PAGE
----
American singer-songwriter Damien Jurado has been releasing music since 1995, quickly showing a knack for gently crooned folk songs, nestled amongst more energetic offerings. He’s always been reasonably prolific, but this year has seen him release three whole albums.
The first, Sometimes You Hurt The Ones You Hate, is studio-recorded-and-polished, and available to listen to on physical media and Bandcamp, after Jurado announced he wouldn’t be releasing music on Spotify anymore.
This is where things get slightly confusing though, as the following two records did come out on Spotify. They were also tracked live to tape, in mono, and labelled as if they were films. The credits say recording took place “on set”.
I was initially put off by the retro recording style on Motorcycle Madness, but the more I listened, the more that became its most inviting aspect. Details are maddeningly hard to find, outside Jurado’s Shopify page, which says the album was “taped live on set at Soundview Analog Recorders”, lists a ‘cast’ of musicians, and was co-directed with Jurado by Sean Wolcott, (which I assume in this context means co-produced).
On his Instagram, Jurado says he thinks it's his best work to date. The nature of its recording made me wonder if it was done on a whim to capture some burst of creativity, but then the number of players - eleven, aside from Jurado - would suggest a degree of planning.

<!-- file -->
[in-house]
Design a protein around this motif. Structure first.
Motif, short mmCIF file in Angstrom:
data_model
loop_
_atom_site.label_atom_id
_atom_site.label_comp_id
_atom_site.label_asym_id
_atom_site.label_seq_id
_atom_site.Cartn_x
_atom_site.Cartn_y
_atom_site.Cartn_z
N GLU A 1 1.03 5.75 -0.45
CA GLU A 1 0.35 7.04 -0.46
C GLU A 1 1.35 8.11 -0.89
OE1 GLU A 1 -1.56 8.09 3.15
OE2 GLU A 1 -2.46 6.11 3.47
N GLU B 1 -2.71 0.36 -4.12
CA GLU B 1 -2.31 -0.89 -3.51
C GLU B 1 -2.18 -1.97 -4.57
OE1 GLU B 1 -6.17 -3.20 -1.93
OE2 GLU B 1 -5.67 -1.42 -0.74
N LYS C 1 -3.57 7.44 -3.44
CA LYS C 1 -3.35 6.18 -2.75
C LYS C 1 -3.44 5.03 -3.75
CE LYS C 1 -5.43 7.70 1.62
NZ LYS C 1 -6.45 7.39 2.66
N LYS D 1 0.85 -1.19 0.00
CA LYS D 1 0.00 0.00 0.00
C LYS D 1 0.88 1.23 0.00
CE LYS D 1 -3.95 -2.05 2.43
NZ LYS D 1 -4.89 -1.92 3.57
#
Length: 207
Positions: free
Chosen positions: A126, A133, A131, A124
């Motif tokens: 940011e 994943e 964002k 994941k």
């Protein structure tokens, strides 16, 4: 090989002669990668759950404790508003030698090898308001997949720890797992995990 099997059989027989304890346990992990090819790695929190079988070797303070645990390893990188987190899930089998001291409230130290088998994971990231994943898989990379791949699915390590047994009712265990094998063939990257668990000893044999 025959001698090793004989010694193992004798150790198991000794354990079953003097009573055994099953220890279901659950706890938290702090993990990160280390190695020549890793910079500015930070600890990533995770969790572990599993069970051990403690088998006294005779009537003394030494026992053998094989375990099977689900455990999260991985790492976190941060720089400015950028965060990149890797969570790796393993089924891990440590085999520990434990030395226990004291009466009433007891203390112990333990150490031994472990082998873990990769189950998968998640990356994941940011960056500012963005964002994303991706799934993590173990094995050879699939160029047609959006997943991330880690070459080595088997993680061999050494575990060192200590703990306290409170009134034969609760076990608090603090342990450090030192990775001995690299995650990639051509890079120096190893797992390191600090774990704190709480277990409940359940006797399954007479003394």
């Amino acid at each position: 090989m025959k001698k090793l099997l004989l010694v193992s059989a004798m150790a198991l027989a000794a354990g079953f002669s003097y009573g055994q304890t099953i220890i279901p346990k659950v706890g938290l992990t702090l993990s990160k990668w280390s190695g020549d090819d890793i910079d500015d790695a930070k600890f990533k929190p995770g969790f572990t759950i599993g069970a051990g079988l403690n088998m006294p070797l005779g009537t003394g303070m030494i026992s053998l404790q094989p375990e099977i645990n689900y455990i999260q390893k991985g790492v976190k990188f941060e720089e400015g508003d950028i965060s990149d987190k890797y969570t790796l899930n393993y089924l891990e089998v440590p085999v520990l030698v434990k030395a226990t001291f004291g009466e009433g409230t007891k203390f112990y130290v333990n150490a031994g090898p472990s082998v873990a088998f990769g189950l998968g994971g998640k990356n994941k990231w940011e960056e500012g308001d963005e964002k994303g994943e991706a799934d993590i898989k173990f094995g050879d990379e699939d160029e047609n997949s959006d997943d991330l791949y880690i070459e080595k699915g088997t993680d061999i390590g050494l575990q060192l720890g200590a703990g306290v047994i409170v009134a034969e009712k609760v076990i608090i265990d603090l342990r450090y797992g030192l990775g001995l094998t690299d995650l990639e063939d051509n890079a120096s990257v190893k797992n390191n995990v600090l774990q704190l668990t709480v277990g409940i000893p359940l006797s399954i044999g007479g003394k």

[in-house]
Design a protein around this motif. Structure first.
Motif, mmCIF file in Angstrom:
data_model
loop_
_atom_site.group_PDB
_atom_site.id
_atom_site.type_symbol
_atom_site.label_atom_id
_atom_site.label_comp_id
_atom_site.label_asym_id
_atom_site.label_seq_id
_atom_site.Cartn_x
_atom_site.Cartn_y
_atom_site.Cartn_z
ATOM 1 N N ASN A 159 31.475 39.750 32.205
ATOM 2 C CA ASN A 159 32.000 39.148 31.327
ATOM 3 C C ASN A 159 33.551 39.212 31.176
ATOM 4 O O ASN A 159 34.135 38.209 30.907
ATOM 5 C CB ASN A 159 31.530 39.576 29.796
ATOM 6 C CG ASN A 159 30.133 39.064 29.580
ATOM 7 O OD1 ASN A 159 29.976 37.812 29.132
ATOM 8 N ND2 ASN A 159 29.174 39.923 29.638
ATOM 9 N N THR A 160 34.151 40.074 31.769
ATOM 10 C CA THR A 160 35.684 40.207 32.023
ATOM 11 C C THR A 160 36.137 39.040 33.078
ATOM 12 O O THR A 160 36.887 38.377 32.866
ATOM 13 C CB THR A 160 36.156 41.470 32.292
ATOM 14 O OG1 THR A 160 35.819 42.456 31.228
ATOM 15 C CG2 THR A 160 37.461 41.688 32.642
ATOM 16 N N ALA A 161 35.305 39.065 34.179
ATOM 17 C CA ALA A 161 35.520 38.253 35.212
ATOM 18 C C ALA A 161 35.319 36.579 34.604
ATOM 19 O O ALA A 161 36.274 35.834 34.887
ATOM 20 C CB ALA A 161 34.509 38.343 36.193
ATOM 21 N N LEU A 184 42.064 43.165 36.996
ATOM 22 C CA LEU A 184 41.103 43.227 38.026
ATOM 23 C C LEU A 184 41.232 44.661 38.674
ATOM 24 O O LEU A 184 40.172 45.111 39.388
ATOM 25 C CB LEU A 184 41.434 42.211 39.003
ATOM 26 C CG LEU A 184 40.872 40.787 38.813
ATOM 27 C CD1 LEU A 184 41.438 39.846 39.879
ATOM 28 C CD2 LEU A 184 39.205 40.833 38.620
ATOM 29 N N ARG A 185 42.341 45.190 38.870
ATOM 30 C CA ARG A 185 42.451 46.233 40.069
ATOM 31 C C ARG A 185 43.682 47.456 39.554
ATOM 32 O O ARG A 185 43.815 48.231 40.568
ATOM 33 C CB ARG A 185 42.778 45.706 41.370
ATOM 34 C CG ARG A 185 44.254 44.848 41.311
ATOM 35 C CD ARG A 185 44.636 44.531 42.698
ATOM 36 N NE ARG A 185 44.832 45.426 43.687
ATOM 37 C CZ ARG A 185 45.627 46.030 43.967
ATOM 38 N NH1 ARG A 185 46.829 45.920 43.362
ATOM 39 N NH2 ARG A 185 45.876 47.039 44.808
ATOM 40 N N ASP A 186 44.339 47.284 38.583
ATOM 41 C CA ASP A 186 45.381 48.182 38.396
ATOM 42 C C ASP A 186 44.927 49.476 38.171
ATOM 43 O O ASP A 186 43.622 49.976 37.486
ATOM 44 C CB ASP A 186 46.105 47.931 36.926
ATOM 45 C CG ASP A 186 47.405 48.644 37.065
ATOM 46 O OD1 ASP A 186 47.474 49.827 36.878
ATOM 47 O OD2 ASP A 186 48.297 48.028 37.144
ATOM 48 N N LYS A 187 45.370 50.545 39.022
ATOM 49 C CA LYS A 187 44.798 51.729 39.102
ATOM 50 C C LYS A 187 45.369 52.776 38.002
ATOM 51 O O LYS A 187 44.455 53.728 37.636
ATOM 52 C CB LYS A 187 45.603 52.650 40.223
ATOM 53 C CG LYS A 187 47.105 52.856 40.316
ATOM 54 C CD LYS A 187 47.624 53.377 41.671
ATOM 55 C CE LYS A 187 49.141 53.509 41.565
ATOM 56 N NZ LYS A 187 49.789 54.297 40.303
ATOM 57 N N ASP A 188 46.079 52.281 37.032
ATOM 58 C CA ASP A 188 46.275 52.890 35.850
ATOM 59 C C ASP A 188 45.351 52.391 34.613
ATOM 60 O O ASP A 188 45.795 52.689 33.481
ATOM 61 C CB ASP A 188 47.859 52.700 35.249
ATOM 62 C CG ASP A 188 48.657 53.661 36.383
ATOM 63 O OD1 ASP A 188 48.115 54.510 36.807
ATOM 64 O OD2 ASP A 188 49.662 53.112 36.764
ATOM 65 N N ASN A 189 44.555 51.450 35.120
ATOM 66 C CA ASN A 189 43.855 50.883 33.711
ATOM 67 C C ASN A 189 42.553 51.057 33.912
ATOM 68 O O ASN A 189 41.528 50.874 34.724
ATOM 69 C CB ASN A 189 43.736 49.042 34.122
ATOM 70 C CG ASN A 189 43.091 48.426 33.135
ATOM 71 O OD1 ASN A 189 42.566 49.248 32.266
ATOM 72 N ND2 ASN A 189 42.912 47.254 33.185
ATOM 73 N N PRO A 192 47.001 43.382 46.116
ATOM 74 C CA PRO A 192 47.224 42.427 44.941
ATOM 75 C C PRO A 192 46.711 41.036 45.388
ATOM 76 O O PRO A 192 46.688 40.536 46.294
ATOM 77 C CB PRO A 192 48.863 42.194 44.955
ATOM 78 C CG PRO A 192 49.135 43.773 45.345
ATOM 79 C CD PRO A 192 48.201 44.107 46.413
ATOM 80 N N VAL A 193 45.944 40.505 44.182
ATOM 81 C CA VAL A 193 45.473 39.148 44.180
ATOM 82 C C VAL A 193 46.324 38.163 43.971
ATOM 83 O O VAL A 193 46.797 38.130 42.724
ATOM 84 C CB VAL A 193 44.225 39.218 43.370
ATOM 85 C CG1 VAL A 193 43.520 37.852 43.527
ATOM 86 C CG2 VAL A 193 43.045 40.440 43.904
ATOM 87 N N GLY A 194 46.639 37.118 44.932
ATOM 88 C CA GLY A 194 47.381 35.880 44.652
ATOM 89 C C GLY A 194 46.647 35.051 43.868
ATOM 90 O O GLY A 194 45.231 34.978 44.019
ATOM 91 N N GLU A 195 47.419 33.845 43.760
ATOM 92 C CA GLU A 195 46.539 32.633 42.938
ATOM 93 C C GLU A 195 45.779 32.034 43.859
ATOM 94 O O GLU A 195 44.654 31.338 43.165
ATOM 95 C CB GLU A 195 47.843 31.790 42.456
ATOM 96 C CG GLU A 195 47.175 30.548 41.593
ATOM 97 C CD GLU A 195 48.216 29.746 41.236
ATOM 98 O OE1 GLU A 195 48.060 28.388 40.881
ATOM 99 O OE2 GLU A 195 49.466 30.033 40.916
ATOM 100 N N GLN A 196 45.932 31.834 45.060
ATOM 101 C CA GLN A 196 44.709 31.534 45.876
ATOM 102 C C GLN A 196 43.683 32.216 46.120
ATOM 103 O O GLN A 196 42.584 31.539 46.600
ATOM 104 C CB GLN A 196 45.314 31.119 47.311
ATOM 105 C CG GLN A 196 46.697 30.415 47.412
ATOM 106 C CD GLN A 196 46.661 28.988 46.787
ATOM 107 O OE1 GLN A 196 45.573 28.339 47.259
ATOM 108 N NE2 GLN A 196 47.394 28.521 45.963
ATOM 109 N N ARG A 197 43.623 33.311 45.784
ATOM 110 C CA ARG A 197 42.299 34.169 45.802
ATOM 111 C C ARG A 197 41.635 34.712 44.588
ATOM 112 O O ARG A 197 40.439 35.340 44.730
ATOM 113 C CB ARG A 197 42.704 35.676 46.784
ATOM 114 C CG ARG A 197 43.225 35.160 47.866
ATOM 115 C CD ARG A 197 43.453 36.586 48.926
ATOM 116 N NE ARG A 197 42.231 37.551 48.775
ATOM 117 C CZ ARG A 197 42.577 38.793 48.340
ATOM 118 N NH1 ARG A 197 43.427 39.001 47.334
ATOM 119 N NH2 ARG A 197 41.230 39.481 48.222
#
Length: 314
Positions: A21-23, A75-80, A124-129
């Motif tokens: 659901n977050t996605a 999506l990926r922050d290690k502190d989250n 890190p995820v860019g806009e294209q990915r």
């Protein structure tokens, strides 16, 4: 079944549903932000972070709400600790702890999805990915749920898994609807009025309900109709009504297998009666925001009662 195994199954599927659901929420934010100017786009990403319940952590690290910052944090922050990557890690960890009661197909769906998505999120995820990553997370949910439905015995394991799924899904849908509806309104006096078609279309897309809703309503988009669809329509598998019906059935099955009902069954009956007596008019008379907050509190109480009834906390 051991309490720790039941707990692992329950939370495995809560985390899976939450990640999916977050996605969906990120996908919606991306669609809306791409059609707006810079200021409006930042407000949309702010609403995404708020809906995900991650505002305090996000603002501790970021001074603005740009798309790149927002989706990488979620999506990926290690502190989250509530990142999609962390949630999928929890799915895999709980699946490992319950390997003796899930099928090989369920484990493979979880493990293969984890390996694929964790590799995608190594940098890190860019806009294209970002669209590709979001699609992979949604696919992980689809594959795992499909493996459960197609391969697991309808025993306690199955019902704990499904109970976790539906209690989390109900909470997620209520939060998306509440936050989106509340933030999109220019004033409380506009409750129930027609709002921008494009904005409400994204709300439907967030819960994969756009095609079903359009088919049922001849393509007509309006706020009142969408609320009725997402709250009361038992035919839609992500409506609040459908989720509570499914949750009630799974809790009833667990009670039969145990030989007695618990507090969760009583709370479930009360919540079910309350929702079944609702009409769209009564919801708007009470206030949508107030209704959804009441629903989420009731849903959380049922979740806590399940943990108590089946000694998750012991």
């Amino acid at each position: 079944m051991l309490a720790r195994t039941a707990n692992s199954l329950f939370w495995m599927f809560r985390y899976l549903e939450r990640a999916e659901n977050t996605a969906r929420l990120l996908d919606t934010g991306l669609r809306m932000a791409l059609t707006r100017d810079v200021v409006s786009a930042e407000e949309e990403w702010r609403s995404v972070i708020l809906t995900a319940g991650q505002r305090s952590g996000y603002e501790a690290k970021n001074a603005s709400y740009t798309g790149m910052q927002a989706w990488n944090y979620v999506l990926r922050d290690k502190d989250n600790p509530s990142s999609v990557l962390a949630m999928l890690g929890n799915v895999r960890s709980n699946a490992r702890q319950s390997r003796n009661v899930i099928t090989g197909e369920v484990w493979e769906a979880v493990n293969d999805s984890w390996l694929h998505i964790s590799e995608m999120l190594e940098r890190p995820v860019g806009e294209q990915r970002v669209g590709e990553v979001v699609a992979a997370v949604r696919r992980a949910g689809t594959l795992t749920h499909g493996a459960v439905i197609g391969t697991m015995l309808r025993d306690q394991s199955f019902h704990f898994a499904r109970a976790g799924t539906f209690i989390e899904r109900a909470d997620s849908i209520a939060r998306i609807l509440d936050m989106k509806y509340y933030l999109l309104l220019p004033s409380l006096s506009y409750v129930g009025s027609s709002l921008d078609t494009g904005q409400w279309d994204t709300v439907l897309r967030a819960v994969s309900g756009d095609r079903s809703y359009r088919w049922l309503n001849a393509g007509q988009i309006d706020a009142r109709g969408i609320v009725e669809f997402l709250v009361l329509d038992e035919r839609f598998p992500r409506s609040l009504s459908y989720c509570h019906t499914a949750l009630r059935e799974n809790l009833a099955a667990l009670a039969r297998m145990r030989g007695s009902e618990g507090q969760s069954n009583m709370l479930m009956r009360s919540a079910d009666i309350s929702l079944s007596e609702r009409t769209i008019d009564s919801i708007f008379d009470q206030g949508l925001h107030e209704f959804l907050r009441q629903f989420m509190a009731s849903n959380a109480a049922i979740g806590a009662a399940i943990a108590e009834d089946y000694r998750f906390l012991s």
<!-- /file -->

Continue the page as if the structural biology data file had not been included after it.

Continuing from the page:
The album runs 14 songs, some of which are abbreviated versions of others, or instrumentals. There seems to be a bigger concept or framework at play, but I can’t find a single interview with Jurado shining light on it.
Perhaps after enough time a picture will emerge, but then there are his other two albums from this year to tackle. Maybe each informs the other. Some of them do share lyrics.
For the unfamiliar, Catherine Kerkow was one half of a pair who staged the longest distance skyjacking in American history, rerouting it to Algeria. The song is one of several tracks here so gorgeous, with Jurado’s creamy voice joined by female harmonies and soaring strings, you wish it would last longer than one minute and change.
The following track, ‘Passing the Elephants’, is the album’s most delicate, twinkling piano keys surrounding some of Jurado’s most simple, striking melodies.
Listening to Motorcycle Madness felt a bit like turning to chapter 20 in a novel and trying to get up to speed. I felt like I was missing a series of in-jokes, or references to other work. The most information I could find was on Reddit forums, from people who are familiar with Damien Jurado’s back catalogue, but still seemed to find his approach here equally baffling.
I’d much rather be pleasantly baffled than bored though, and the rewards here are ample.